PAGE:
Paris: The Next Startup Capital

June 29, 2016

11:45 am

Cities across the globe are often competing to be hailed as the next tech startup capital. London has been the top listing in recent years, but with recent EU referendum results looming over the heart of business, tech could be taking a back seat. A Eurotunnel away, Paris is more well known for its romance but it also has a thriving technology scene that makes it worth Silicon Valley’s attention.

Startup City Rankings

Last year, Paris overtook Berlin in the European Digital City Index (EDCI) rankings of best tech start up cities, making taking it 6th place in the world. The EDCI noted that a community that fosters startup growth, with both France Digitale and La French Tech promoting and enabling collaboration with the startup community.

The city has also produced well known startups including BlaBlaCar (ridesharing service) and Criteo (real-time digital advertising software) giving it prominence as a center for the ‘sharing economy’.

What has also, in a very practical and financial sense, helped Paris to increase in prominence, is the overall cost of living. Looking at the cost of living in Paris in 2014 and 2015, though it remains expensive, there has been a sizeable drop. If this trajectory carries on the city will become more manageable for startups.

This continuing decrease in living costs, a much larger increase than London has seen in recent years, has given rise to coworking spaces and accelerators – the success of which has led to the world’s largest incubator.

World’s Largest Incubator

Paris is planning the world’s largest business incubator in a listed railway goods yard within the south east of the city. This incubator is expected to create up to 4000 jobs, alongside showing the success that can be had when private and public money is used for a joint venture.

The project is expected to be finished by early 2017, and is currently running ahead of schedule. This investment, both through private funds and the government, exemplifies the effort being put in to create a city that can nurture new talent and business. Though competition is likely to be high to get one’s startup in the impressive center, it reflects a culture that is spreading throughout Paris of innovation and drive for results.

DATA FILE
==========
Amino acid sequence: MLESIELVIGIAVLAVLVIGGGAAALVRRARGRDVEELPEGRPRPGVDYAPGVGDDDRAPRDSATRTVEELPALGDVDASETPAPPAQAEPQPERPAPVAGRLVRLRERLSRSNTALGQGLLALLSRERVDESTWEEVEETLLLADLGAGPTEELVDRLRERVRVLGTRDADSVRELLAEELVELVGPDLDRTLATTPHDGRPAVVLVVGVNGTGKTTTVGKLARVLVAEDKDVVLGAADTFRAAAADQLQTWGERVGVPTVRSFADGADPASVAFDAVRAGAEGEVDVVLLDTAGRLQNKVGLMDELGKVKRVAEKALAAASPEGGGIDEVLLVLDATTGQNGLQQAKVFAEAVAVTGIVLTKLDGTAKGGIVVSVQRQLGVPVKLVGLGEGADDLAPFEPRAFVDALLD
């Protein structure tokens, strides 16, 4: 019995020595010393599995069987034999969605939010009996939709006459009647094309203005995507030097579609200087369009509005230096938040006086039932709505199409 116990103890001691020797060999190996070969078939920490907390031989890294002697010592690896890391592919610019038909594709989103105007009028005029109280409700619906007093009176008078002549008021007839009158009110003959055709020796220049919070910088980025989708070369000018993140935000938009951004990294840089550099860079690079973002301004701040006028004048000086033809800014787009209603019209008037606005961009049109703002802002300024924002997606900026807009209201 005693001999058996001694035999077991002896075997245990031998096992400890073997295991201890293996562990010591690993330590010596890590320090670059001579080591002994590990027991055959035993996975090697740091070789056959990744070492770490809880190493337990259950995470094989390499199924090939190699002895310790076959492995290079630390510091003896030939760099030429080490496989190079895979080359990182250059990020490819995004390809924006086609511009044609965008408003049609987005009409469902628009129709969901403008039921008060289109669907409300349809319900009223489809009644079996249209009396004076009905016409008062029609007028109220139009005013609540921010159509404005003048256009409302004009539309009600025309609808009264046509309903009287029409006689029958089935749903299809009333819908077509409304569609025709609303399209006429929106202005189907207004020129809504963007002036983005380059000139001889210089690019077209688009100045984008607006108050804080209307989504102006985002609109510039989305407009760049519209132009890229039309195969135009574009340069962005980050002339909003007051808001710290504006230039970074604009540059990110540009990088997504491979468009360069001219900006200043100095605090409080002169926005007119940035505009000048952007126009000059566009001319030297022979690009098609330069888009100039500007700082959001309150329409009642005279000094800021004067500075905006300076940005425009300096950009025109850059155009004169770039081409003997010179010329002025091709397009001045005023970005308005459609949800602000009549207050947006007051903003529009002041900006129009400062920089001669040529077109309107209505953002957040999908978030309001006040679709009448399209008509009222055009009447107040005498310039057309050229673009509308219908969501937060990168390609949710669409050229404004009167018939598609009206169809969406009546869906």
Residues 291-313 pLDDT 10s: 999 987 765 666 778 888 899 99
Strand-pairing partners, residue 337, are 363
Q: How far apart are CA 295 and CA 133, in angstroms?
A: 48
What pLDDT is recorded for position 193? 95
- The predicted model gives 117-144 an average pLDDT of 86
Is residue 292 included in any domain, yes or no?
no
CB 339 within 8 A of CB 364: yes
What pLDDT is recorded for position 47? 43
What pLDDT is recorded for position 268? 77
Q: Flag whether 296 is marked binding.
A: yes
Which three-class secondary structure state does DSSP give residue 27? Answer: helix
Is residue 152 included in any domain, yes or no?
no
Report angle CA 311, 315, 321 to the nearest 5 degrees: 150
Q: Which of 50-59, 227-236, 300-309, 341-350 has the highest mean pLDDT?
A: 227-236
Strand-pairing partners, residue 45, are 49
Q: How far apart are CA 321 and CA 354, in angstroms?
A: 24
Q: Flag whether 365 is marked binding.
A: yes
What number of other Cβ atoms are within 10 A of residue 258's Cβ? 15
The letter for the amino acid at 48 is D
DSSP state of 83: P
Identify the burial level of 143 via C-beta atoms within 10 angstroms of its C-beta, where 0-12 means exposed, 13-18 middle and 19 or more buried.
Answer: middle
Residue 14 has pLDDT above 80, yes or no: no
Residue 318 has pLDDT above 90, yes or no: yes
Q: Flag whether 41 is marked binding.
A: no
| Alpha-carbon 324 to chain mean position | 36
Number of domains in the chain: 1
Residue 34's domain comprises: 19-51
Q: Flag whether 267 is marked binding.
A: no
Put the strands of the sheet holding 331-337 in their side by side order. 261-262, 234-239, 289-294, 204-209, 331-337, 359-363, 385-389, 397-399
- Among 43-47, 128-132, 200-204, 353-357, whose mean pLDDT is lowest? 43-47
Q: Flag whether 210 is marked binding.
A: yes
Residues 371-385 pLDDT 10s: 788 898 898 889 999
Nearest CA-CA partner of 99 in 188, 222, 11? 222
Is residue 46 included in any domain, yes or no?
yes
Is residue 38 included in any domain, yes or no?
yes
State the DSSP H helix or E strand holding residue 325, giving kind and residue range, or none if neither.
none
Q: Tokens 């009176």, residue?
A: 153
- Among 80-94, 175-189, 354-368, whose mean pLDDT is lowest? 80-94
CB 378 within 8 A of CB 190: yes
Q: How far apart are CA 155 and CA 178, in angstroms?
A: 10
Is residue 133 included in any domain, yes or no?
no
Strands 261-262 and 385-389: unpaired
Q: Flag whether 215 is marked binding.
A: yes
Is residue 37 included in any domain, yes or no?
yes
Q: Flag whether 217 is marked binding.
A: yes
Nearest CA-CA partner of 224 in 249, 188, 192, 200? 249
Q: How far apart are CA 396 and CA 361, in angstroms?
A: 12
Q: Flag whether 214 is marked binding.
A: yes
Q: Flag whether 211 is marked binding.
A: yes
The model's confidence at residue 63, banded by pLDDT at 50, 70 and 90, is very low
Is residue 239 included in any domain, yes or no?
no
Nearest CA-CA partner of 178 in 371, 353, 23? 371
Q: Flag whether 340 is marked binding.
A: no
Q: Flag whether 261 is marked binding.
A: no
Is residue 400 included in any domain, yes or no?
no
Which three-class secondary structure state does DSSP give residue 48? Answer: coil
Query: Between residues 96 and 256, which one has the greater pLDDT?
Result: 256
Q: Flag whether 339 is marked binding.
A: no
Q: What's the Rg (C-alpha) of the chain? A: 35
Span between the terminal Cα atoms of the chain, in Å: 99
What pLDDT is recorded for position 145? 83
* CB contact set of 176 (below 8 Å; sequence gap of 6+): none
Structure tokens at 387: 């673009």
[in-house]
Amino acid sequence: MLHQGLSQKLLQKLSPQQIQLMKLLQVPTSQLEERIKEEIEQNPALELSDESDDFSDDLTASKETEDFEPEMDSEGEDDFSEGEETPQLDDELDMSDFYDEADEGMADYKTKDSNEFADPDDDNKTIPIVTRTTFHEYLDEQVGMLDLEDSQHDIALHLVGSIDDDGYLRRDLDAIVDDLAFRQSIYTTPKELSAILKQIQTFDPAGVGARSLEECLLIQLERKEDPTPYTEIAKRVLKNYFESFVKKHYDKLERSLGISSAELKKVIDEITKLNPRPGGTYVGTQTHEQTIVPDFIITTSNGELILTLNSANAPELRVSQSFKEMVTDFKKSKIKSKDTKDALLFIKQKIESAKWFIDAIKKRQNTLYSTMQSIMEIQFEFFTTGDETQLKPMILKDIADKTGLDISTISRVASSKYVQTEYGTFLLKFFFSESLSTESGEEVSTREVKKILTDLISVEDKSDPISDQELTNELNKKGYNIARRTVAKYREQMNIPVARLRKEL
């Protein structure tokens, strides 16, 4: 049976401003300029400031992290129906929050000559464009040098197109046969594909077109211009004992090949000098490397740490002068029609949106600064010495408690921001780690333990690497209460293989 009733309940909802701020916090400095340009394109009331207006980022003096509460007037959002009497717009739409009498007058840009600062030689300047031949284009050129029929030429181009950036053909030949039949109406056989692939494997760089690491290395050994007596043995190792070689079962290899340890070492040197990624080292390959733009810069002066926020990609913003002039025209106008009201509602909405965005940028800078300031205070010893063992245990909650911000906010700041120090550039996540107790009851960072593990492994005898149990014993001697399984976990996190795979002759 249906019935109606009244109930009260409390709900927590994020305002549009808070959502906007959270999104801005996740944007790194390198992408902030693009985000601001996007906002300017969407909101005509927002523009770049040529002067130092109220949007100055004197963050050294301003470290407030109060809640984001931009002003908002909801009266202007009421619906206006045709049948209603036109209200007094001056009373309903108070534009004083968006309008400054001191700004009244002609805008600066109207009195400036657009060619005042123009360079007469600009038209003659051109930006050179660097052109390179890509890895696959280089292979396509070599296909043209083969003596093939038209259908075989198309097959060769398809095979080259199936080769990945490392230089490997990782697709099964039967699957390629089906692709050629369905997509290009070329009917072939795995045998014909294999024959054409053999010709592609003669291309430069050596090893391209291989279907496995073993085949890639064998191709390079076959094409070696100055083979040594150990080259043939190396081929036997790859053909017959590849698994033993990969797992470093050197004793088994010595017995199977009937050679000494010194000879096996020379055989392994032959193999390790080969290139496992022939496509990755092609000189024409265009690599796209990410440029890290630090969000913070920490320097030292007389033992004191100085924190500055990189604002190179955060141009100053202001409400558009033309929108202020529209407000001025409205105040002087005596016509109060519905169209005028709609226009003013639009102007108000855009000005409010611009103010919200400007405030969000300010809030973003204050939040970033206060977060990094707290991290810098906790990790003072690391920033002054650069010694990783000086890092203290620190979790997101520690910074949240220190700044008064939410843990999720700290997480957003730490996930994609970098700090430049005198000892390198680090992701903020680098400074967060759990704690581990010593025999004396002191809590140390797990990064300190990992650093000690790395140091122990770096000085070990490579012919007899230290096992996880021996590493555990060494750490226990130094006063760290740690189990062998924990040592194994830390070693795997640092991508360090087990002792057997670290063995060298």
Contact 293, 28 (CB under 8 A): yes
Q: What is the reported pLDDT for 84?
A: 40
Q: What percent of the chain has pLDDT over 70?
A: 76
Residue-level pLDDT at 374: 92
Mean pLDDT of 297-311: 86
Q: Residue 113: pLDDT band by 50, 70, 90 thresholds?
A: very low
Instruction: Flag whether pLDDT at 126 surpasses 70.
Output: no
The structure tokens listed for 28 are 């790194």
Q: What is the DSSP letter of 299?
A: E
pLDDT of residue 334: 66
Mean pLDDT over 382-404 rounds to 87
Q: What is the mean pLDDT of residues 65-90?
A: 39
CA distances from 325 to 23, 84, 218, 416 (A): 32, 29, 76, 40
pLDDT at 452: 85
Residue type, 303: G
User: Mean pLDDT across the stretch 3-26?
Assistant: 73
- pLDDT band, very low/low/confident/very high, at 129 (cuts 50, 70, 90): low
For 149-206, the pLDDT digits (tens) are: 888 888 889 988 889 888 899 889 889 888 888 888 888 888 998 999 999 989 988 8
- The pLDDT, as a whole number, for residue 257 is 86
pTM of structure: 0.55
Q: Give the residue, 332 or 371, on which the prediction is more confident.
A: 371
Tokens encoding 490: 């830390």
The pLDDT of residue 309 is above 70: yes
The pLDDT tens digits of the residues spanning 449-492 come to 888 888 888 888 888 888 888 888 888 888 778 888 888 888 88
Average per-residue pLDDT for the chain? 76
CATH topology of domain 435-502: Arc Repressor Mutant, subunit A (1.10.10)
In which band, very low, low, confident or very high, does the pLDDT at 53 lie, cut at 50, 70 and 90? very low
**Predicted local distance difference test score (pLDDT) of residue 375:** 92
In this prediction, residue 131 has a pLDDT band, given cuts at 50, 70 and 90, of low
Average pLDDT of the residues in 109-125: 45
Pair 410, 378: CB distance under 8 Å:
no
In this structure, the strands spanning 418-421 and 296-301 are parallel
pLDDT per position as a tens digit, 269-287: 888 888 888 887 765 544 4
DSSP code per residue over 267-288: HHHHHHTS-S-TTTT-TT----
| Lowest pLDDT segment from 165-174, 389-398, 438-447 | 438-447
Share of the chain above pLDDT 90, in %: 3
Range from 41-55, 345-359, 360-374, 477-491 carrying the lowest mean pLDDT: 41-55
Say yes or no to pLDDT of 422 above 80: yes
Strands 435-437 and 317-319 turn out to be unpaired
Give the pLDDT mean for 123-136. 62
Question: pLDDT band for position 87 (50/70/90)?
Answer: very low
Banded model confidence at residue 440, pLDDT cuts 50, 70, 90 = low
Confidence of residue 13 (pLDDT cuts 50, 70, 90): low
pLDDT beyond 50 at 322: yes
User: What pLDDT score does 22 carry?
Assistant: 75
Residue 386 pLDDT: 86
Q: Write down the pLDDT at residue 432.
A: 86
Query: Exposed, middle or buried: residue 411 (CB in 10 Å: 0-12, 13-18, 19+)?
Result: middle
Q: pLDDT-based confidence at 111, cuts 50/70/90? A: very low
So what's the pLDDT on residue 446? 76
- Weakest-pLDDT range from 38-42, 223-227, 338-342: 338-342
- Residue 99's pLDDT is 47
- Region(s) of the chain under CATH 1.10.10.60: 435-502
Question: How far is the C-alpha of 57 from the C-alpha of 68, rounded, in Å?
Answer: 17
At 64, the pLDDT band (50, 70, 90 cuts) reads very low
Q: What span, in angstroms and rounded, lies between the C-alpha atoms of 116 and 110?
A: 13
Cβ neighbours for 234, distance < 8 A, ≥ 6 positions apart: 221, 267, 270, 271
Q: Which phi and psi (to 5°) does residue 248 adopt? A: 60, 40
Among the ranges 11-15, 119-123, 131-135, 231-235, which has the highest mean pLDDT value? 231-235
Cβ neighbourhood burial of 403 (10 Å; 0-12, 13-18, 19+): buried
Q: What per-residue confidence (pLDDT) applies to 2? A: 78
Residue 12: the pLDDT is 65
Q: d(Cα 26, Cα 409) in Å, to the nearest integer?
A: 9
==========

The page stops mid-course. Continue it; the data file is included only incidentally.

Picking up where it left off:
Global Connections

International renown and global connections are key to any city dominating business, especially in the tech scene. Paris is a well-connected city, making it very quick and easy to travel to the likes of other tech capitals: London, Berlin, Amsterdam and Madrid.

Of course, physical connections are one aspect, but multi-lingual conversations are other half of the same coin. With regular international flights, Paris is well equipped to bolster startup relations with growing countries outside of Europe. Chinese languages are making a huge impact in business, alongside Arabic.

This applies to all startups, whatever their current rankings. The next rising startup capital could very well be one that embraces multi-lingual clients. This allows them to both create and capitalize on the lucrative businesses in Indian, China and the US, looking to make moves into Europe. Even Silicon Valley will benefit from better relations with the European startup market, and they’ll need more language to do that.

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Simon Davies is a London based freelance writer with an interest in startup culture, issues and solutions.

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